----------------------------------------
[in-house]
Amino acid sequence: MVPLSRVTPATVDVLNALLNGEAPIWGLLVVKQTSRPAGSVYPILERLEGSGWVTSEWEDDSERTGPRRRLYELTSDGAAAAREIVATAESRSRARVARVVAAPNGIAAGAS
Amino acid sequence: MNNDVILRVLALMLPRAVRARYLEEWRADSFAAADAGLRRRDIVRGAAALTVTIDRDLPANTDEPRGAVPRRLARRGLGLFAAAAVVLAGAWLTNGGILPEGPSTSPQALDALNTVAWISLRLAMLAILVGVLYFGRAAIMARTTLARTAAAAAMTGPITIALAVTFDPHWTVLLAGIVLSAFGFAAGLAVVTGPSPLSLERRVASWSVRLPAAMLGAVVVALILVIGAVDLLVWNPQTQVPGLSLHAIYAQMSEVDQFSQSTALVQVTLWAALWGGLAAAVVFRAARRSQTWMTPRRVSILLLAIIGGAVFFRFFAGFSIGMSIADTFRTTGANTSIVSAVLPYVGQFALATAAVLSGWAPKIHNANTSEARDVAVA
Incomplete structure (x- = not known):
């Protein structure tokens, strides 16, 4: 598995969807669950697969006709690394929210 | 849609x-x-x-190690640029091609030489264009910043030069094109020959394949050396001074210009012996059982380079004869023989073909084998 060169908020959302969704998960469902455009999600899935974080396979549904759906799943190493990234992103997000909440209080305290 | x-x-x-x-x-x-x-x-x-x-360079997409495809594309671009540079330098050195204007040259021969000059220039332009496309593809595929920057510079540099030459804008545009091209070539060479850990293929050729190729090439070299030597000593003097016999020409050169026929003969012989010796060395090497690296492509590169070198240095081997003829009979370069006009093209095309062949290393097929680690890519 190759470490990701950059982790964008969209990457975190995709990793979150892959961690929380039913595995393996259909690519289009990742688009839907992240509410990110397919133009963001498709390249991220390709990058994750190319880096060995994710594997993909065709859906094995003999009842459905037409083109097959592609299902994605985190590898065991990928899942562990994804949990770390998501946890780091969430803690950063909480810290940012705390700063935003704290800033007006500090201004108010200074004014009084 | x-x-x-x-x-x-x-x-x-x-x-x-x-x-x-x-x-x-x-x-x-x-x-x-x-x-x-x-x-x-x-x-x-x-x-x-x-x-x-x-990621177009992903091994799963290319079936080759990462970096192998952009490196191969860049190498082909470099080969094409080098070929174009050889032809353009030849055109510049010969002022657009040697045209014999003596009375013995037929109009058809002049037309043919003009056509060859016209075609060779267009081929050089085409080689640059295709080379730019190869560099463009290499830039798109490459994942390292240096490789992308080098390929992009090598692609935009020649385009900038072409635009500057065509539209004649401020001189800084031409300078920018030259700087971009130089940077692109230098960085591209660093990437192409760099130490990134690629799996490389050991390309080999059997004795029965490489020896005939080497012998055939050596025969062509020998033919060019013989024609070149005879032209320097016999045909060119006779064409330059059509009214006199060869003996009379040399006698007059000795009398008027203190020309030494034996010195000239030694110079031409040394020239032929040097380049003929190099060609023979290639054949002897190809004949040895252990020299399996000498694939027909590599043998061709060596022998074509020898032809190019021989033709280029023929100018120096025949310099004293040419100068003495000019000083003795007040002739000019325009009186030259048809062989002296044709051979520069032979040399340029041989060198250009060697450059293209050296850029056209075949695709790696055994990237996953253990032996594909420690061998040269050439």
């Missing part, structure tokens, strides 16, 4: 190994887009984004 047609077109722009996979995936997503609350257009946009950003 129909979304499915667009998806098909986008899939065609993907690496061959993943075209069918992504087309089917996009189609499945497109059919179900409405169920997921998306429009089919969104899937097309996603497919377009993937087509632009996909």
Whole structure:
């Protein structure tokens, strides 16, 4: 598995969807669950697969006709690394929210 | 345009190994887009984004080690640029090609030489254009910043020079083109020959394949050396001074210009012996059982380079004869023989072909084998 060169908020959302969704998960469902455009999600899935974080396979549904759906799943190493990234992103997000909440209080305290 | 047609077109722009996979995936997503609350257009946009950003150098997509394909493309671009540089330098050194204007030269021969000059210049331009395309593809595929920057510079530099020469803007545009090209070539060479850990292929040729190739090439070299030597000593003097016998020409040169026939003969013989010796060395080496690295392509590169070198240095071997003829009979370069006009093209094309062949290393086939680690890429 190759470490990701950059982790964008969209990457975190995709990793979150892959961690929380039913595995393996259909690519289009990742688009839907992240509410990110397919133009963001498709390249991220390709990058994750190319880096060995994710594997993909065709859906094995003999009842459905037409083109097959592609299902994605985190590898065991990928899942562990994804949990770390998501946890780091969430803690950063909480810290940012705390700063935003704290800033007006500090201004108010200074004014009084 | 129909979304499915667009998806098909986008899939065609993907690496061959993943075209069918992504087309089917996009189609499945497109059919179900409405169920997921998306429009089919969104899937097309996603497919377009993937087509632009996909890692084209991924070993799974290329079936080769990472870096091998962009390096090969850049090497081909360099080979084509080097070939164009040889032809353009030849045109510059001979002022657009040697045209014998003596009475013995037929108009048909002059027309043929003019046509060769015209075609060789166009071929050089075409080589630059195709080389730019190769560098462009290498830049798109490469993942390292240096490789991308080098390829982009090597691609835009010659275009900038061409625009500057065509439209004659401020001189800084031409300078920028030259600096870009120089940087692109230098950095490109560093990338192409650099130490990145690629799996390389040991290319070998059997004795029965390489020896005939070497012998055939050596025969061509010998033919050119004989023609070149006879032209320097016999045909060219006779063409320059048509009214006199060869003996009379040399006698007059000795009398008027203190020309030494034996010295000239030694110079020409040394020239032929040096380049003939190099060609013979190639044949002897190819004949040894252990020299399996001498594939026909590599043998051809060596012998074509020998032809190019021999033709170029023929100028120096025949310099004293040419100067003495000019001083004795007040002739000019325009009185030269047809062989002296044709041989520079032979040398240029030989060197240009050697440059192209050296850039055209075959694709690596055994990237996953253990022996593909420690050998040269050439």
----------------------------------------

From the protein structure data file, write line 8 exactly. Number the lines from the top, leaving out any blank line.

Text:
């Protein structure tokens, strides 16, 4: 598995969807669950697969006709690394929210 | 345009190994887009984004080690640029090609030489254009910043020079083109020959394949050396001074210009012996059982380079004869023989072909084998 060169908020959302969704998960469902455009999600899935974080396979549904759906799943190493990234992103997000909440209080305290 | 047609077109722009996979995936997503609350257009946009950003150098997509394909493309671009540089330098050194204007030269021969000059210049331009395309593809595929920057510079530099020469803007545009090209070539060479850990292929040729190739090439070299030597000593003097016998020409040169026939003969013989010796060395080496690295392509590169070198240095071997003829009979370069006009093209094309062949290393086939680690890429 190759470490990701950059982790964008969209990457975190995709990793979150892959961690929380039913595995393996259909690519289009990742688009839907992240509410990110397919133009963001498709390249991220390709990058994750190319880096060995994710594997993909065709859906094995003999009842459905037409083109097959592609299902994605985190590898065991990928899942562990994804949990770390998501946890780091969430803690950063909480810290940012705390700063935003704290800033007006500090201004108010200074004014009084 | 129909979304499915667009998806098909986008899939065609993907690496061959993943075209069918992504087309089917996009189609499945497109059919179900409405169920997921998306429009089919969104899937097309996603497919377009993937087509632009996909890692084209991924070993799974290329079936080769990472870096091998962009390096090969850049090497081909360099080979084509080097070939164009040889032809353009030849045109510059001979002022657009040697045209014998003596009475013995037929108009048909002059027309043929003019046509060769015209075609060789166009071929050089075409080589630059195709080389730019190769560098462009290498830049798109490469993942390292240096490789991308080098390829982009090597691609835009010659275009900038061409625009500057065509439209004659401020001189800084031409300078920028030259600096870009120089940087692109230098950095490109560093990338192409650099130490990145690629799996390389040991290319070998059997004795029965390489020896005939070497012998055939050596025969061509010998033919050119004989023609070149006879032209320097016999045909060219006779063409320059048509009214006199060869003996009379040399006698007059000795009398008027203190020309030494034996010295000239030694110079020409040394020239032929040096380049003939190099060609013979190639044949002897190819004949040894252990020299399996001498594939026909590599043998051809060596012998074509020998032809190019021999033709170029023929100028120096025949310099004293040419100067003495000019001083004795007040002739000019325009009185030269047809062989002296044709041989520079032979040398240029030989060197240009050697440059192209050296850039055209075959694709690596055994990237996953253990022996593909420690050998040269050439």